N – Paraffin
N – Paraffin
N- Paraffin is a clear liquid that are made up of saturated hydrocarbons with a straight-chain structure. They are either extracted from kerosene or through the “Fischer-Tropsch process” at gas-to-liquid production sites. Paraffin (or called kerosene) is a mixture of hydrocarbons; it usually consists of about 10 different hydrocarbons, each containing from 10 to 16 carbon atoms per molecule; the constituents include n-dodecane, alkyl benzene, and naphthalene and its derivatives. Kerosene is obtained from crude oil by distillation and is used as a fuel for heating and aircraft. N-paraffin C10-C13 is a colorless liquid with a mild odour. It is insoluble in water. It is slow-evaporating, environmentally adapted (fully bio-degradable) with negligible shooting (like lamp oil).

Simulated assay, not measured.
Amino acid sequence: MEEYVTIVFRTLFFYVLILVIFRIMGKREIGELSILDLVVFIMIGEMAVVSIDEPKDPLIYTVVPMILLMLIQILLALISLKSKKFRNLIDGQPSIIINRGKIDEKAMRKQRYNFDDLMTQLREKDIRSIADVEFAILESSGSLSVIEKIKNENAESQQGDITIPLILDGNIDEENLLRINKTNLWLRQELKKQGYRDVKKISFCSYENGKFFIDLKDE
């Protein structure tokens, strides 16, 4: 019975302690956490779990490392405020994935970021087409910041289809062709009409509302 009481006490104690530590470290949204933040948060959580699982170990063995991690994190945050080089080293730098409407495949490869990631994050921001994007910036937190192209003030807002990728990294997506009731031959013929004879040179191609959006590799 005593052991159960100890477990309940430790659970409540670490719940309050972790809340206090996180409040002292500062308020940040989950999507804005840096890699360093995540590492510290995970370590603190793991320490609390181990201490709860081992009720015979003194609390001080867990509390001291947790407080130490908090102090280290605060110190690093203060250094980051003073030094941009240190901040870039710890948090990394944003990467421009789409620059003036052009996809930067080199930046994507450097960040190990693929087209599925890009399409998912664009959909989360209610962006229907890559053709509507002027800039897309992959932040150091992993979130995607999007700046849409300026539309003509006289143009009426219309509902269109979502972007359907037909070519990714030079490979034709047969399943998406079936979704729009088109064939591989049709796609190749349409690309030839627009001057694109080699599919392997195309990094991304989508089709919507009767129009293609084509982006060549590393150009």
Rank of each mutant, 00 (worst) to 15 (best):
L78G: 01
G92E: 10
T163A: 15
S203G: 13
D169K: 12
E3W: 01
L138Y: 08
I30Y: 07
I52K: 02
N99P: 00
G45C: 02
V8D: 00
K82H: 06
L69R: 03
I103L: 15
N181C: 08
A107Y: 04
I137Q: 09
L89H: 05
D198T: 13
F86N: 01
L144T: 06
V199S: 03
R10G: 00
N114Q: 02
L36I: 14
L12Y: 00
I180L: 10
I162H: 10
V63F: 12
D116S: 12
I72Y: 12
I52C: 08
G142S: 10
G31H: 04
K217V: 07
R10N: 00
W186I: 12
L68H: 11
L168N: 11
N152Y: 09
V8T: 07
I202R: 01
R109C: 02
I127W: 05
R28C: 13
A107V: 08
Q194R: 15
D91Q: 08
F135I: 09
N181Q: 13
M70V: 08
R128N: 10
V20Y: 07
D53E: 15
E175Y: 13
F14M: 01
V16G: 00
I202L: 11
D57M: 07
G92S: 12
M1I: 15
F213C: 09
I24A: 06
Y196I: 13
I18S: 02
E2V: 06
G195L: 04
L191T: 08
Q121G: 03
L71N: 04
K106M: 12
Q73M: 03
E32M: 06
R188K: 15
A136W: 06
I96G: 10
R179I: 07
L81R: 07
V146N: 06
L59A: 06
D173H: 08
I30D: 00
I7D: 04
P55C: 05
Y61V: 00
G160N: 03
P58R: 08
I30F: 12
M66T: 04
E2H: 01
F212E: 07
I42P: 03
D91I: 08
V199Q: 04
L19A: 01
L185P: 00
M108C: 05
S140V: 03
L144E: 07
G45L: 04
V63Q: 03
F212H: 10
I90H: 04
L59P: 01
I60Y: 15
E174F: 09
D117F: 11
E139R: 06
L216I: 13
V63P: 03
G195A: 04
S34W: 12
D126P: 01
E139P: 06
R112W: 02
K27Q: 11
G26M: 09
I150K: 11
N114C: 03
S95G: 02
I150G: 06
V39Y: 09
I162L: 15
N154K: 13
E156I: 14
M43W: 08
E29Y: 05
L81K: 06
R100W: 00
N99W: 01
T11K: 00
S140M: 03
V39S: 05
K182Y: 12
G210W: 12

N – Paraffin is the major raw material for the manufacture of the LAB. Normal Paraffin is extracted from kerosene which contains an average of 20/25% paraffin and therefore is generally produced close to a refinery as the kerosene, free of the paraffin removed has to be returned to the refinery. Over 80% of Normal Paraffin is used for the production of the LAB the remaining N-Paraffin may be further processed to obtain special solvents used for various industrial applications including synthetic resins, paints and varnishes, degreasing agents and printing inks. Normal paraffin operates as a dissolver in industrial for producing polymers and resins, colors, artistic coverings and grease polisher.